Multiple sclerosis (MS) is a neurological disease that causes symptoms like fatigue, impaired mobility, and speech issues. The most common types are RRMS or PPMS, each with different symptom timing and slightly different treatment approaches.

If you have MS, you probably already know your type. However, what you may not know are the differences between your type and the other types of MS.

Read on to learn about the two main types of MS.

Technically, there are four main types of MS:

CIS refers to a single episode of neurological symptoms that correspond with demyelination in the central nervous system. Demyelination means that the myelin sheath that insulates nerve cells in the brain, optic nerves, and spinal cord is damaged.

This episode’s symptoms usually last about 24 hours. As long as it remains just one incident, it isn’t considered MS, and it doesn’t mean you’ll go on to develop it.

SPMS, on the other hand, is when you’re no longer experiencing symptom remission. In addition, there are a few other less common types, such as extremely severe progression or, alternatively, markers of MS on imaging without any apparent symptoms.

RRMS is the most common form of MS. As many as 85% of people with MS receive an initial diagnosis of RRMS. RRMS is characterized by flare-ups or attacks of inflammation and demyelination in the central nervous system (CNS).

These flare-ups are followed by remission periods with improved or completely resolved symptoms. People living with RRMS sometimes gradually develop SPMS, usually after about 10 years.

RRMS symptoms come on suddenly and include episodes of:

PPMS is characterized by steadily worsening neurologic function without distinct attacks or remission periods.

This type of MS involves considerably less of the type of inflammation seen in RRMS, resulting in fewer brain lesions and more spinal cord lesions.

Ocrevus (ocrelizumab) is the only medication currently approved by the Food and Drug Administration (FDA) for treating PPMS.

New research and clinical trials are ongoing to find more treatments specifically for PPMS.

The following are some of the key differences between RRMS and PPMS:

Relapsing-remitting MS (RRMS)Primary progressive MS (PPMS)
RRMS is diagnosed earlier. Most people receive a diagnosis of RRMS in their 20s and 30s.PPMS is diagnosed later. Most people receive a diagnosis of PPMS in their 40s and 50s.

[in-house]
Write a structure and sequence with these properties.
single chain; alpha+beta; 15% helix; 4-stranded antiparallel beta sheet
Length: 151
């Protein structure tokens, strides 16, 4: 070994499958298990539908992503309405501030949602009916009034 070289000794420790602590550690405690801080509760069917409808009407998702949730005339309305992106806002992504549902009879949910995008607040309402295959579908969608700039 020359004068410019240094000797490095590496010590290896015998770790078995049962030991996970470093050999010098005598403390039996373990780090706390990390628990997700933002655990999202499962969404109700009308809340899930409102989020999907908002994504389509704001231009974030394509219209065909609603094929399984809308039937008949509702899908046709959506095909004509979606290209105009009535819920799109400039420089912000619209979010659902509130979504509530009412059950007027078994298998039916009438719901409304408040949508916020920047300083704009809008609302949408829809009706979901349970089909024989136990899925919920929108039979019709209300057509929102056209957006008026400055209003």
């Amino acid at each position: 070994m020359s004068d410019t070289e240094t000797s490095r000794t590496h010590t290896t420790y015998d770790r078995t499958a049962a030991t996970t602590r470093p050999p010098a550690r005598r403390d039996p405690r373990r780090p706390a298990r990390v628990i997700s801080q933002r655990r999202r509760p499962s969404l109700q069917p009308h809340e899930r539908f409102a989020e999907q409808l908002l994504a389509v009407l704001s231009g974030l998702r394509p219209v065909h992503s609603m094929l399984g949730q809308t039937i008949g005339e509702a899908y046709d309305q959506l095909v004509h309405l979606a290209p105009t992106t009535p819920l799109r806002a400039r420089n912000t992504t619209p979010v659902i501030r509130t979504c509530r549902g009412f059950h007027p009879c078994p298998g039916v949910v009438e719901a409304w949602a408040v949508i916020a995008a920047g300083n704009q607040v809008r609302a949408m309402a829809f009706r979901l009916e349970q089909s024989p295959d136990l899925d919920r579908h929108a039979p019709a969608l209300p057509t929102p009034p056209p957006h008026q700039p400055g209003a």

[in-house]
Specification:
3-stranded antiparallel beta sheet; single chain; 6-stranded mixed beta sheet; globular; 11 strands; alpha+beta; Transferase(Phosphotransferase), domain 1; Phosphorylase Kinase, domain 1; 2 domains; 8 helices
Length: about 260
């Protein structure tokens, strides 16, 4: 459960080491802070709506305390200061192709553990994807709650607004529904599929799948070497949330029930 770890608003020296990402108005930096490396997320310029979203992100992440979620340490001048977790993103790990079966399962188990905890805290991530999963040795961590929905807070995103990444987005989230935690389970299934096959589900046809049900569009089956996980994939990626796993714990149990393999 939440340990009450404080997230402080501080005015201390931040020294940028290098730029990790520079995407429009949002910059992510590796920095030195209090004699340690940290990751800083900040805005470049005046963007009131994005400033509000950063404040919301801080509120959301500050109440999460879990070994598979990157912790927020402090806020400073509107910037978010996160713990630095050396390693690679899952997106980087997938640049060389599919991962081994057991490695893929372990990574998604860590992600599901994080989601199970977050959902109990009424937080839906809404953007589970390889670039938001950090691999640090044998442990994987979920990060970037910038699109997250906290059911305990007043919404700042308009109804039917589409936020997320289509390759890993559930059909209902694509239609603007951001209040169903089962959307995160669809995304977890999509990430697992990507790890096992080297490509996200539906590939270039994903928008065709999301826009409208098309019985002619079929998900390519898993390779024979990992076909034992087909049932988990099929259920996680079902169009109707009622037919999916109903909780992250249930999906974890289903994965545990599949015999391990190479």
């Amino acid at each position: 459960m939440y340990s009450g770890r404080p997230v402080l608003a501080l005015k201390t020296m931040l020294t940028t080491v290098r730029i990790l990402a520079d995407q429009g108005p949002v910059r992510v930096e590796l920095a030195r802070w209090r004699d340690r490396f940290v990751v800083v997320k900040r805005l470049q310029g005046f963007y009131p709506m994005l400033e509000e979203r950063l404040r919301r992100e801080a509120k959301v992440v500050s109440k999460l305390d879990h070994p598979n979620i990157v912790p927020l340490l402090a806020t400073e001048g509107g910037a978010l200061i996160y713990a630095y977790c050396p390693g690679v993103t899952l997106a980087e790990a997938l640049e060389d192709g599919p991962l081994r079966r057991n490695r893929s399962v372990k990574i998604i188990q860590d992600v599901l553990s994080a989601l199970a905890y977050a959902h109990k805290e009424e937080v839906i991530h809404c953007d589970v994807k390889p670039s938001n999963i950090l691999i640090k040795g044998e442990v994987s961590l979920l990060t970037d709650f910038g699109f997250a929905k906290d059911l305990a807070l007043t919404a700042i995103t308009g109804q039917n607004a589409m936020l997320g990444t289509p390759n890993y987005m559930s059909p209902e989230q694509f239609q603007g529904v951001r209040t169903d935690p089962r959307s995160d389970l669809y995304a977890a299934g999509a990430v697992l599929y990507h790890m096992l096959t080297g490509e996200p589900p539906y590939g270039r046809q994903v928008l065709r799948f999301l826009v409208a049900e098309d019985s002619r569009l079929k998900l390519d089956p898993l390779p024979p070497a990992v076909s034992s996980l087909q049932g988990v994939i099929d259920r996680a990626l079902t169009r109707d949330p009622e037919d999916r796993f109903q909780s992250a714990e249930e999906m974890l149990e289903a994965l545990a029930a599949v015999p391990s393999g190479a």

People with RRMS tend to have more brain lesions with more inflammatory cells.Those with PPMS tend to have more spinal cord lesions and fewer inflammatory cells.
RRMS affects females two to three times more often than males.PPMS affects males and females equally.
People with RRMS will likely have mobility issues, but these issues are more gradual.People with PPMS often experience more mobility issues and have more trouble walking.

Generally, PPMS tends to affect the body’s ability to function more than RRMS.

For example, those with PPMS may find it more difficult to continue working because of their mobility issues and declining neurologic function.

There are several disease-modifying drugs to treat RRMS. Many of these can also be used to treat SPMS in people who experience relapses.

If you experience a relapse of RRMS, the usual treatment is a short course of IV steroids. The same treatment is usually needed for CIS.

But this isn’t the same for PPMS or SPMS because relapses are not usually part of the progression of these MS types.

RRMS, PPMS, and SPMS all require ongoing physical therapy. In cases of CIS or an exacerbation of RRMS, your doctor will make a new physical therapy assessment and plan.

What is the most severe form of multiple sclerosis?

Fulminate MS is a form of MS that progresses very fast and leads to severe symptoms within 5 years after diagnosis. It’s also called malignant MS or Marburg MS.

Can you still walk with PPMS?

People with PPMS usually experience more spinal cord damage than brain damage, resulting in walking problems. One of the early signs of this type is a slow decline in walking ability.

How often does RRMS turn into PPMS?

Research shows that about 10% to 15% of people with MS have PPMS, compared to 85% with RRMS.

RRMS and PPMS symptoms often differ from each other.

People with RRMS enter periods of flare-ups and remission. Those with PPMS are in a continual phase of deterioration.

Talk with your healthcare professional if you would like more information on the differences between RRMS and PPMS.